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Book reviews ... Author interviews ... and anything else I think might be of interest to writers and readers.

Monday, 10 December 2012

Stop Dead by Leigh Russell

 I'm very excited to have Leigh Russell here today, talking about her latest novel 'Stop Dead'.

Tell us about your latest book, ‘Stop Dead’.

In ‘Cut Short’, ‘Road Closed’, and ‘Dead End’, Geraldine Steel worked for the Murder Squad in Kent. In ‘Death Bed’ she moved to London, so ‘Stop Dead’ is the second of the London novels. Once again the reader follows Geraldine’s search for a killer who proves to be elusive as well as deadly. The only clues the police have are two samples of DNA found at the crime scenes.  The first of these matches the DNA of a woman who has been in prison for twenty years, the second is from a woman who has been dead for two years. It makes no sense, but Geraldine has to solve the mystery if she is to find the killer who has embarked on a killing spree. 

The last two books have seen a move to London for Geraldine. How has this opened up new possibilities for you as a writer?

My main interest is in character, so probably the most significant difference for me was the opportunity to introduce her new team, Detective Sergeant Samantha Haley and Chief Inspector Reg Milton. While pursuing a murder investigation, Geraldine establishes relationships with her new colleagues and adapts to working in the Met. 

Has ‘Stop Dead’ got a really juicy baddy in it?

It’s important for me to understand my characters, otherwise they risk becoming two dimensional functions of the plot. Like all my villains, the killer in ‘Stop Dead’ is a damaged character, in some ways as much a victim as the people who are killed. Nevertheless, the nature of the killer’s experience leads to some quite horrific murders… It is quite tricky to talk about it without revealing the killer’s gender!

Geraldine Steel seems to be a big hit.  What is it about her that has made her such a good series character?

When I wrote ‘Cut Short’ I didn’t expect anyone to read the manuscript, let alone publish it. It certainly never crossed my mind that ‘Cut Short’ might turn out to be the start of a series. So Geraldine Steel turned up, unplanned, as the detective who would solve the case in ‘Cut Short’. She managed that quite efficiently and believably, and seemed to catch my readers’ imagination before I really knew her. Most authors of series plan their protagonist’s life story before they begin writing but Geraldine is evolving throughout the process of writing the books. I wonder if this is what interests her fans - the ambiguity and development in her character that makes her seem real.

Do you think crime writing particularly lends itself to long running series, and why?

Yes, By its nature, crime writing is episodic. The detective is the thread that runs through the series, moving on from case to case, while each book has its own complete story. So an author can continue indefinitely with different murder cases to be solved.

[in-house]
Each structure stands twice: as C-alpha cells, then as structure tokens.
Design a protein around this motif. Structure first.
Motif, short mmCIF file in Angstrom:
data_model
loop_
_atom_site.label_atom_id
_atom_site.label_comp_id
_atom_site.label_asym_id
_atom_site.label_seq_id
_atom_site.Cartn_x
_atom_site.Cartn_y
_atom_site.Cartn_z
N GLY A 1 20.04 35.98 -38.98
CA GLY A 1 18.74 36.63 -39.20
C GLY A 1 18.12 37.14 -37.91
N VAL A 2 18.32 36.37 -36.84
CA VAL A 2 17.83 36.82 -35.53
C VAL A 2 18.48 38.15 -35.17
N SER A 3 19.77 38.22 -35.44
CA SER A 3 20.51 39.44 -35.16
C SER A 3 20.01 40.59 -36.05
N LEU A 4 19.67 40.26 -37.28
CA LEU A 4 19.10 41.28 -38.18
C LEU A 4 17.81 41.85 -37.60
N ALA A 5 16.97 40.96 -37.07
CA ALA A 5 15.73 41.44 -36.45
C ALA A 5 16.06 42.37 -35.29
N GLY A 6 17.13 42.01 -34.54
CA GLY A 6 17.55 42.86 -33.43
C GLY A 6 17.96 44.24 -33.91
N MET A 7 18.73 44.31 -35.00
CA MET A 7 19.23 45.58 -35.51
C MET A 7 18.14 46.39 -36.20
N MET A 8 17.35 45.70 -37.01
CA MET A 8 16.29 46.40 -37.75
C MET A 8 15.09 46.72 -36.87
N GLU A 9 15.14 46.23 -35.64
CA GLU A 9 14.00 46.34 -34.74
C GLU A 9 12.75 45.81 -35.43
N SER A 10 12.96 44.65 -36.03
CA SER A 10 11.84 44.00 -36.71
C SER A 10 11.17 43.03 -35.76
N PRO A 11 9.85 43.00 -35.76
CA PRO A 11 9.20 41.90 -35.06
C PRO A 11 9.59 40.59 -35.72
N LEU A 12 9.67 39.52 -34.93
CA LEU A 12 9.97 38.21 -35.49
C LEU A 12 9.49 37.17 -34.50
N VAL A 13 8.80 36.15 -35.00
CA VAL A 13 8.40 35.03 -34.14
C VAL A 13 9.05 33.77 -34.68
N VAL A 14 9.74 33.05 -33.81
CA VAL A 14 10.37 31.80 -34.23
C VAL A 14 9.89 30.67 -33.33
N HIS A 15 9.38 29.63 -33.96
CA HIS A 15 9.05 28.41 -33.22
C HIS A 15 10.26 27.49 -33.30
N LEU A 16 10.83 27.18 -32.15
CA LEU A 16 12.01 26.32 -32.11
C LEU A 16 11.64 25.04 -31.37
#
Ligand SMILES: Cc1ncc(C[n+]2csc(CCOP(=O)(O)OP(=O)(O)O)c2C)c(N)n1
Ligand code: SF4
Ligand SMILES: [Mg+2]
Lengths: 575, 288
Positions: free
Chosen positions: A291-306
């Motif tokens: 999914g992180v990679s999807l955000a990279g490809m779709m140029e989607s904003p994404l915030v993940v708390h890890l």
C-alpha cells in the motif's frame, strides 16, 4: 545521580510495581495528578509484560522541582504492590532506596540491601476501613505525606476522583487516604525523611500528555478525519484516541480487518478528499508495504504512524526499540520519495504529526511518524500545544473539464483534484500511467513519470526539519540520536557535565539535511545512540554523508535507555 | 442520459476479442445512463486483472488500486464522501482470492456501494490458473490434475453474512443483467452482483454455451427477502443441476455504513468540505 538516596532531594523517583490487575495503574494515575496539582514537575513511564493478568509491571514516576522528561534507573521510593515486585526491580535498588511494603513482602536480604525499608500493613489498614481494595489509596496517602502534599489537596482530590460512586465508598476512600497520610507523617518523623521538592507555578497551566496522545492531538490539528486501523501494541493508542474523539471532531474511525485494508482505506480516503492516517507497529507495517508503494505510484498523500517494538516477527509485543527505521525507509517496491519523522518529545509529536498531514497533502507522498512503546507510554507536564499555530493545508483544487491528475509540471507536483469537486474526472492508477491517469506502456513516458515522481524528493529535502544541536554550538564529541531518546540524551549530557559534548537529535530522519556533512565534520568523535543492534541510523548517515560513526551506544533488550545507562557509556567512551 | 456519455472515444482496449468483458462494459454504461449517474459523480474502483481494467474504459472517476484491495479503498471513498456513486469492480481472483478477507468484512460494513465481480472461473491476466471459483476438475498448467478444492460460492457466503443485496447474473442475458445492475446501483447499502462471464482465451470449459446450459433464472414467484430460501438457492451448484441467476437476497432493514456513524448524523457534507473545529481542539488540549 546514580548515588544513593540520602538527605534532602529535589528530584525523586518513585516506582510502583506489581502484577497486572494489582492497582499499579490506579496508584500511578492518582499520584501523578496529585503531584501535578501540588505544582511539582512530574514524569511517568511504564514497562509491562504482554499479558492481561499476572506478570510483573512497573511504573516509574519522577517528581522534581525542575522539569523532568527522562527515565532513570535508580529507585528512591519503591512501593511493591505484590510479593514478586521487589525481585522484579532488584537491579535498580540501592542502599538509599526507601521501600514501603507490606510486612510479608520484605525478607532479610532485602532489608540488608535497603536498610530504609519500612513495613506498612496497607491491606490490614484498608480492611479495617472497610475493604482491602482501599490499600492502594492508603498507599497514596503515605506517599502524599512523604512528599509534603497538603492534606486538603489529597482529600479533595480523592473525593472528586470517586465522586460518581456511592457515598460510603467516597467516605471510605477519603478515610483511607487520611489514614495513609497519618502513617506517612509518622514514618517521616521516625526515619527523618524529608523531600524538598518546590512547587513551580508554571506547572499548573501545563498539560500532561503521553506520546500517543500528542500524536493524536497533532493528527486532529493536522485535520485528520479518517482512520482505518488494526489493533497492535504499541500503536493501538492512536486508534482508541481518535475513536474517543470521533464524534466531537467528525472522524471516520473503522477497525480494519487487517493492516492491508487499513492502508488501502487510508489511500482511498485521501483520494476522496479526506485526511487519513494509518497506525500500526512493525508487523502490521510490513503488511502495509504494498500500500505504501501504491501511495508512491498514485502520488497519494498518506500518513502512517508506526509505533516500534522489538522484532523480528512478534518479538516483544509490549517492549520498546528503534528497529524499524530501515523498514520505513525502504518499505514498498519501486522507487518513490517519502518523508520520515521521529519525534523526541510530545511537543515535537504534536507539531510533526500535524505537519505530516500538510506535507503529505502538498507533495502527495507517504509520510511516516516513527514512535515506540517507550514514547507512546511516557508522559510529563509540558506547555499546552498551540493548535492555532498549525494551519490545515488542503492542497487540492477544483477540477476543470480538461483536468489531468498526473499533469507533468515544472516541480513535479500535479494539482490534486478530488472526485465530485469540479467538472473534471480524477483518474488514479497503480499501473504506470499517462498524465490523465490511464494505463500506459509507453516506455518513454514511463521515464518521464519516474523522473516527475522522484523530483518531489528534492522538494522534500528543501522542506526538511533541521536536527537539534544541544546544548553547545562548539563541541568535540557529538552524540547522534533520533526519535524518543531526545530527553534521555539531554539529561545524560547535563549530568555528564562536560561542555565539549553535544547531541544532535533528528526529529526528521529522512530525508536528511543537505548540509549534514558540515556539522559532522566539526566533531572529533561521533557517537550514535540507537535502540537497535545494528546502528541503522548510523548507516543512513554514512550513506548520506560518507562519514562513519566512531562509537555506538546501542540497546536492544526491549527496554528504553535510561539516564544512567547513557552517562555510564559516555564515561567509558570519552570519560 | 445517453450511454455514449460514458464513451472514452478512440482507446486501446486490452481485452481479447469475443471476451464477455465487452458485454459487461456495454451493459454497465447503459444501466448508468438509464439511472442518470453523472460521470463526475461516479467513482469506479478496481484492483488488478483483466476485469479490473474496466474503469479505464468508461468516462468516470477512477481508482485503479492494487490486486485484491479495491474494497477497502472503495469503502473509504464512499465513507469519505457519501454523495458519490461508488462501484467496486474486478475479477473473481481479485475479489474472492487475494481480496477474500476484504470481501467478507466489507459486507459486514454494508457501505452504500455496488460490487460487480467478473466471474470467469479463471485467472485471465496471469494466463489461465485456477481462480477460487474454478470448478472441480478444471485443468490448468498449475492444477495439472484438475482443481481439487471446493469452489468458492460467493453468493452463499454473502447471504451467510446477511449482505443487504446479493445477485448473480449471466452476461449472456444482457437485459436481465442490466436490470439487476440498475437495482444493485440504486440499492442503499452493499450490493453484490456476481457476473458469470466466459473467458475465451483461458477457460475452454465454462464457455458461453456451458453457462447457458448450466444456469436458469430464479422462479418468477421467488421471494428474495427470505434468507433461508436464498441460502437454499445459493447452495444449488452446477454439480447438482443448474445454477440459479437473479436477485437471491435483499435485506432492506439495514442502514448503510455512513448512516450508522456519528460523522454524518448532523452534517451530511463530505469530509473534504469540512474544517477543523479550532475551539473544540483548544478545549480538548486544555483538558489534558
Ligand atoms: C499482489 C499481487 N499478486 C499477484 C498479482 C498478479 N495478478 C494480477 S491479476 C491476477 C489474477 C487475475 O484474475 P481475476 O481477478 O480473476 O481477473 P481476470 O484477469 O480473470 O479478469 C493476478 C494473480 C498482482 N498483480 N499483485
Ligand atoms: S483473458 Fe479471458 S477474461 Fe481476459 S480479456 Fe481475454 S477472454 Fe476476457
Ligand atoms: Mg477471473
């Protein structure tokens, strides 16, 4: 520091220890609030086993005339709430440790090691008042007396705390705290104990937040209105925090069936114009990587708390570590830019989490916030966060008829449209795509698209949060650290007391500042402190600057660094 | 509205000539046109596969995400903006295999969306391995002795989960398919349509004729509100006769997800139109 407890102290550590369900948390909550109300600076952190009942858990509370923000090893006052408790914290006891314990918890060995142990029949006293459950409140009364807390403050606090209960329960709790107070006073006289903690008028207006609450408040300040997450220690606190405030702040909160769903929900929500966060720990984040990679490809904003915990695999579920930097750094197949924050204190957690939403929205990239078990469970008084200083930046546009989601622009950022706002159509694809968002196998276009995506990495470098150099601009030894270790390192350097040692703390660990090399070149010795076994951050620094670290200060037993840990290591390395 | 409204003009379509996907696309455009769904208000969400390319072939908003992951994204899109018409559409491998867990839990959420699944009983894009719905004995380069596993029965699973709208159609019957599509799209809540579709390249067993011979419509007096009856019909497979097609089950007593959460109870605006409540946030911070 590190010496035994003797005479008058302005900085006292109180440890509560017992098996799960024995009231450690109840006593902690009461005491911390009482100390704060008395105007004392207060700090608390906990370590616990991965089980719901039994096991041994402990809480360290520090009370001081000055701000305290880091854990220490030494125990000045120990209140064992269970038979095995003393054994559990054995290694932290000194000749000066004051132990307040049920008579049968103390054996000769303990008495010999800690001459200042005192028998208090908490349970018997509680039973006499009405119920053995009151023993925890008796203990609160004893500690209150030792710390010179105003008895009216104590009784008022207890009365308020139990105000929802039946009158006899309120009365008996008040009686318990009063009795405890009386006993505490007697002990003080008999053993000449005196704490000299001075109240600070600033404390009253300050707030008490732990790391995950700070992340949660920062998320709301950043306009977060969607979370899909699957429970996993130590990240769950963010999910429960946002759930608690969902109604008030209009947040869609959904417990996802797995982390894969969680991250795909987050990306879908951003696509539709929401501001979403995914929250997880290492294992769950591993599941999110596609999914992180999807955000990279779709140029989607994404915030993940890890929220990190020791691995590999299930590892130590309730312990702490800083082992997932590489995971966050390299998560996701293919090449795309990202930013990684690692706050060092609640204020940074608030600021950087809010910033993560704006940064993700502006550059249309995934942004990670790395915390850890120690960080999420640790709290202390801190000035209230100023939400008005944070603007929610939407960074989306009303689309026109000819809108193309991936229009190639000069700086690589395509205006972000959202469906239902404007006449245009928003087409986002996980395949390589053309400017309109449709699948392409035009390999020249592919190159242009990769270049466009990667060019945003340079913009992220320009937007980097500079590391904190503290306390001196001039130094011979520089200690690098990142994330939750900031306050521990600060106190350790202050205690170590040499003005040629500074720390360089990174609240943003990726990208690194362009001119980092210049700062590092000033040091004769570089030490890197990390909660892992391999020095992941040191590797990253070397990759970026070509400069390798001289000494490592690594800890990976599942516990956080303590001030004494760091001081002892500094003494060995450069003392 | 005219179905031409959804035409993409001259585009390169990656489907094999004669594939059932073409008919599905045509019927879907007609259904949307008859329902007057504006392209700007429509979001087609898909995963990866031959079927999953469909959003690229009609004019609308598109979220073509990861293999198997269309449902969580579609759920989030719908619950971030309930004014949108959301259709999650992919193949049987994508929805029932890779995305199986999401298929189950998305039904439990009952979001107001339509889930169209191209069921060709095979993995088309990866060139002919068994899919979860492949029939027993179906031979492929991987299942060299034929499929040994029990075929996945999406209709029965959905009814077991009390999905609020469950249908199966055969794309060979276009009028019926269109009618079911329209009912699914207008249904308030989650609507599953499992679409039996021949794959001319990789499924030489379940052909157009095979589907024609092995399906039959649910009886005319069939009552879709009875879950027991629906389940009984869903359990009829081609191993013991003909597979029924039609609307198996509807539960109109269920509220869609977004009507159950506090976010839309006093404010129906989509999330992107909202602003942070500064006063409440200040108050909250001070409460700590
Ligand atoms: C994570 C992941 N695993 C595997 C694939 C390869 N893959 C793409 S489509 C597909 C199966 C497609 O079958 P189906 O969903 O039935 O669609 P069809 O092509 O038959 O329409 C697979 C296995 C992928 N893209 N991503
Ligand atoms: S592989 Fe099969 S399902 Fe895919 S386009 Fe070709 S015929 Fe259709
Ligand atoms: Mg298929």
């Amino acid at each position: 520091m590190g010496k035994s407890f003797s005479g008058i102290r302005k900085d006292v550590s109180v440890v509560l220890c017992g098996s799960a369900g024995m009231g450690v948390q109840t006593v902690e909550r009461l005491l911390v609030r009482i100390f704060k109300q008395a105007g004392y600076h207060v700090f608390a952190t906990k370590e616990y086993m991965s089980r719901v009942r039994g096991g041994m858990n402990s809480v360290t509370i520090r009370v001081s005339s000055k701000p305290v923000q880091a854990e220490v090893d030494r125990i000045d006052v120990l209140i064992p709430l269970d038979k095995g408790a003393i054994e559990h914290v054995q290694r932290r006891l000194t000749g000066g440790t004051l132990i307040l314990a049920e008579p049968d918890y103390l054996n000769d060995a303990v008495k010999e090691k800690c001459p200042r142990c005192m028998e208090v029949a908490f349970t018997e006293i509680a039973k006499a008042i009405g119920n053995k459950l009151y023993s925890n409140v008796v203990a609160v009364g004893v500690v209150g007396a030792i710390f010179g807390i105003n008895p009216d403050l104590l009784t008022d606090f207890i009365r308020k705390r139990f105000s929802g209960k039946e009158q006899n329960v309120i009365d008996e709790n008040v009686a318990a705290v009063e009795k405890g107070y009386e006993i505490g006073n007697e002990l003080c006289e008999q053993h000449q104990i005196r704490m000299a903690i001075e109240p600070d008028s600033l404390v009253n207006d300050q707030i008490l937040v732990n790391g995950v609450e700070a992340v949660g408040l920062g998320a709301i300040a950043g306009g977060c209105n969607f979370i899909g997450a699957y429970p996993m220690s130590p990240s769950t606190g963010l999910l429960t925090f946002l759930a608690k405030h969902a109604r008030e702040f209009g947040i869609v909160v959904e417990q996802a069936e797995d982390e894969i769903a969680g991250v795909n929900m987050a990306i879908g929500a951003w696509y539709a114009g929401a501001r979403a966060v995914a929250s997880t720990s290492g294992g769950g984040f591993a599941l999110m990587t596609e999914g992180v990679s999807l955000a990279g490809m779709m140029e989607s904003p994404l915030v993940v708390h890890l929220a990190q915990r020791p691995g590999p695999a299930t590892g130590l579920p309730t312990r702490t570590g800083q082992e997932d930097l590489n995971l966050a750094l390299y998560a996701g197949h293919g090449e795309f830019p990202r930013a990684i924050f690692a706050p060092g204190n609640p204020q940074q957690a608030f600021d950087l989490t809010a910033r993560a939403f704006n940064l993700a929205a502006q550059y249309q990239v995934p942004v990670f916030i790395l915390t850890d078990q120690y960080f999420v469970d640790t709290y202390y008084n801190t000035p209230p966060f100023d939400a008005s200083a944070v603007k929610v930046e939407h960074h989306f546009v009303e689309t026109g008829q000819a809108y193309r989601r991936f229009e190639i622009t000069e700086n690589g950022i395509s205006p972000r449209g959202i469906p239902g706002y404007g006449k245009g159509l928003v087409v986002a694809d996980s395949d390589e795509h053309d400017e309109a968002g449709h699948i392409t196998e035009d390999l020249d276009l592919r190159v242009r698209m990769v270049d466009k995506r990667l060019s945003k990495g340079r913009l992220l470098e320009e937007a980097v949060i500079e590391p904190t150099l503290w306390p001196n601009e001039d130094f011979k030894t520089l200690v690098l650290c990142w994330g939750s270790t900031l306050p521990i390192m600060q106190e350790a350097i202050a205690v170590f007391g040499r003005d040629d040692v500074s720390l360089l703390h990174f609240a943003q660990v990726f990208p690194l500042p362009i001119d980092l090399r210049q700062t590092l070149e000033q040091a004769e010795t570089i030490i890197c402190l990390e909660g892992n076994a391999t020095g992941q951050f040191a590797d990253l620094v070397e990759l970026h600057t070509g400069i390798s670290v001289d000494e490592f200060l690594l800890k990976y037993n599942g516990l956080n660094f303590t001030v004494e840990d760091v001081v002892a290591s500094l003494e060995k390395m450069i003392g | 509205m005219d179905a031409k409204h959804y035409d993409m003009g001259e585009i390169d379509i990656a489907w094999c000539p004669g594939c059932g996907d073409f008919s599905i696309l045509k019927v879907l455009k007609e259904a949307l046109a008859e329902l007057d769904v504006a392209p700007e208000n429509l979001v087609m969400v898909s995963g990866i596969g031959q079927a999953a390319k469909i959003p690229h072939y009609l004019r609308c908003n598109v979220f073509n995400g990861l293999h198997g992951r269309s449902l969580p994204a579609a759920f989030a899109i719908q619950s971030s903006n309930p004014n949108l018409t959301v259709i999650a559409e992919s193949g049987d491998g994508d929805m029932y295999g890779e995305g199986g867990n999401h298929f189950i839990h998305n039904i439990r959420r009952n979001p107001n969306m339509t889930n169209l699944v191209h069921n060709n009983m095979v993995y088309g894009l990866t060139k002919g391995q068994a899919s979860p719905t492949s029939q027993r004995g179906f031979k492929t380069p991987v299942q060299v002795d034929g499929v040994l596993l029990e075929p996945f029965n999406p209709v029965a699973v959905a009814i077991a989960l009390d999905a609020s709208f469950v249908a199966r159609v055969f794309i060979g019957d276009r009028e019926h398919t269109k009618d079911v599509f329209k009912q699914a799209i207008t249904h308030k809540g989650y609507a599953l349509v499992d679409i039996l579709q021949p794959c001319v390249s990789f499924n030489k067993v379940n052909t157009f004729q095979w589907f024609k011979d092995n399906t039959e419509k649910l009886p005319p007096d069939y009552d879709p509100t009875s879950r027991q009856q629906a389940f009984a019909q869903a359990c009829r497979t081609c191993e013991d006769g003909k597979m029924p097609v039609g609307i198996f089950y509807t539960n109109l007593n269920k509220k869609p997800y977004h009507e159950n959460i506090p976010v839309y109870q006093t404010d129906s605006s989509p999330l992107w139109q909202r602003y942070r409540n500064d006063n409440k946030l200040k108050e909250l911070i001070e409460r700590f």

What’s next for you?  Are you going to continue writing books about Geraldine, or do you have something else up your sleeve.

Yes to both! Initially my publisher offered me a three book deal for Geraldine Steel. Those three books all became bestsellers so my publisher asked me for another three books. ‘Stop Dead’ is the fifth book in the series, so I’m currently working on the sixth. I’m meeting my publisher in a few weeks’ time to discuss our next contract - hopefully for the next three Geraldine Steel novels! We are also exploring the possibility of a spin off series for Ian Peterson, the sergeant Geraldine left behind in Kent when she moved to London in ‘Death Bed’. I’ll keep you posted!   

What’s been the most exciting thing to happen on your writing journey so far?

There have been so many highlights, it’s impossible to pick just one.  Here are a few that spring to mind: signing a contract with my publisher, seeing my books on the shelves in bookshops, being shortlisted for a CWA Dagger Award, being sent a personal endorsement by Peter James, reading good reviews in The Times – in fact good reviews anywhere - being invited to share Jeffery Deaver’s champagne al fresco on a summer evening, meeting Lee child, Ian Rankin, Val McDermid, Clive Dexter, and all the crime writing gang, receiving an invitation to teach on the Greek island of Skyros, spending time with a Murder Investigation Team… but the biggest thrill is still writing!

Thank you for interviewing me here and keep writing!

Thanks to Leigh for sharing those thoughts about writing and giving some tantalising hints about 'Stop Dead'. I can't wait to read it now! 

You can pre-order 'Stop Dead' for Kindle now here.  

And you can buy Leigh's other books here.



Sue Guiney said...

How terrific to read all this. And what an exciting journey it's been for you, Leigh. May the series long continue!

Leigh Russell said...

Thanks, Sue! I appreciate your support and I'm glad you enjoyed reading the interview.

Karen said...

Interesting interview. I can imagine your books would make a great TV series!